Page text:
Associate Professor Arnold Ju received his PhD in Biomedical Engineering at Georgia Institute of Technology and Emory University, USA. In 2014, he joined the Australian Centre for Blood Diseases, Monash University, Melbourne as a junior postdoc; and relocated in 2015 to Sydney, to join the Heart Research Institute. In early 2020, Dr Ju joined the University of Sydney (USYD)’s new BME school as a senior lecturer and started up the Mechanobiology and Biomechanics Laboratory (MBL).

A/Prof Ju currently holds an Heart Foundation Future Leader Fellowship, working at the interface between mechanical engineering and mechanobiology. His team has pioneered multiple biomechanical nanotools, including blood clot-on-chip microfluidic devices (Nature Materials 2019), single-cell biomembrane force probes (Nature Communications 2018), and 4-D haemodynamic modelling (Nature 2021). Recently, he was awarded the prestigious mid-career Snow Fellowship.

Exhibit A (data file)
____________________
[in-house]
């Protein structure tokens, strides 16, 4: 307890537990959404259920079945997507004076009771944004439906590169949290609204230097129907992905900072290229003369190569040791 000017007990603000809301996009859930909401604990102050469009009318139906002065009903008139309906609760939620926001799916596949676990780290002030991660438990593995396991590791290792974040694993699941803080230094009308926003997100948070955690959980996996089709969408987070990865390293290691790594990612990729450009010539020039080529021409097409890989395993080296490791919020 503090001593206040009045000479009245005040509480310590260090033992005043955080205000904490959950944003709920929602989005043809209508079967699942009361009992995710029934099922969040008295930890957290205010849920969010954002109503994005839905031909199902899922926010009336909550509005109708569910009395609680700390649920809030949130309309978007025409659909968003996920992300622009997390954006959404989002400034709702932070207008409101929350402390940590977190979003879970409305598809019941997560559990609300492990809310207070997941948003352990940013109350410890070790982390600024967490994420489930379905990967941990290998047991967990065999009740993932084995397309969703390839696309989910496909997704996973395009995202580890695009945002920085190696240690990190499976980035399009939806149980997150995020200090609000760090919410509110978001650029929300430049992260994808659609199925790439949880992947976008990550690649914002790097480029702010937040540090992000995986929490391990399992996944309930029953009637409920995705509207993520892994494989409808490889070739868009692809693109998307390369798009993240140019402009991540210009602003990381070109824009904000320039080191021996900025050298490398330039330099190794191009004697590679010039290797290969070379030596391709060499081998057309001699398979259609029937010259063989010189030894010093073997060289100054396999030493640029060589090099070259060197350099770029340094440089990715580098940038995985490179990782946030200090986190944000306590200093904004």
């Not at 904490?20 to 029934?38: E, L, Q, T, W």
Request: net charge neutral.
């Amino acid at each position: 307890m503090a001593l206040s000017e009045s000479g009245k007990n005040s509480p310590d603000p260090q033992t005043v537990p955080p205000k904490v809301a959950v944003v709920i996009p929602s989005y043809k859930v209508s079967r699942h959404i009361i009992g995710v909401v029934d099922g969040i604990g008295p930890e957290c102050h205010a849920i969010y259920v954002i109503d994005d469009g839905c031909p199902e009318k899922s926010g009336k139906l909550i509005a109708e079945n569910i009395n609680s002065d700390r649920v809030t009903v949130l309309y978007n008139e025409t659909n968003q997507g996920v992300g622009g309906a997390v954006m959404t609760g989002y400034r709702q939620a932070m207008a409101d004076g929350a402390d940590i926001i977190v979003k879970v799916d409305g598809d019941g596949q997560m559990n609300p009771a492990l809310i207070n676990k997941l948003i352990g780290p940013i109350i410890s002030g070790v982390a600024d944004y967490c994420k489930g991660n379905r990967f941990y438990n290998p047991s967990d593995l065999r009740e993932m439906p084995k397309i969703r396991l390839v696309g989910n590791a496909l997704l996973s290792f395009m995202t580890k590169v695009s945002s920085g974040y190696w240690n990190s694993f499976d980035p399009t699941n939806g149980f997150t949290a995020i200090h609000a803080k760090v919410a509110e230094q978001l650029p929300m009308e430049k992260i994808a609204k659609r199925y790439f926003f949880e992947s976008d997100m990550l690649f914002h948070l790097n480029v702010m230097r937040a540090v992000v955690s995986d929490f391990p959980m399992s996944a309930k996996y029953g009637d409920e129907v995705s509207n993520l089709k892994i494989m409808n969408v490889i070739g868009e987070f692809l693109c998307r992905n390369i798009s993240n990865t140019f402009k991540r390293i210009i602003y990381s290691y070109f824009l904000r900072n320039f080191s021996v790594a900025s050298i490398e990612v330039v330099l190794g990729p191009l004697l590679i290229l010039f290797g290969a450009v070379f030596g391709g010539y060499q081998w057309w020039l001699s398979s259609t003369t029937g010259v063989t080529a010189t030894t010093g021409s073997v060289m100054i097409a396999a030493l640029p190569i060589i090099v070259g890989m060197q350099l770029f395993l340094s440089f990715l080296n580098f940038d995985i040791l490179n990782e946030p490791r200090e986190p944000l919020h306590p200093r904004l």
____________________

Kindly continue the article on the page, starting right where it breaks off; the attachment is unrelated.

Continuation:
His vision is to build novel platforms that integrate advanced biomanufacturing, high-throughput biomechanical manipulation, and artificial intelligence for biobank data processing. His track record spans developing, characterising, and evaluating innovations of 3D organoids and organ-on-chips, mechanobiology, imaging probes and biosensors, bio-nanotechnology, and image-based deep learning. These large facilities should provide significant benefits to interdisciplinary research in biofabrication, biomechanics and point-of-care microtechnologies.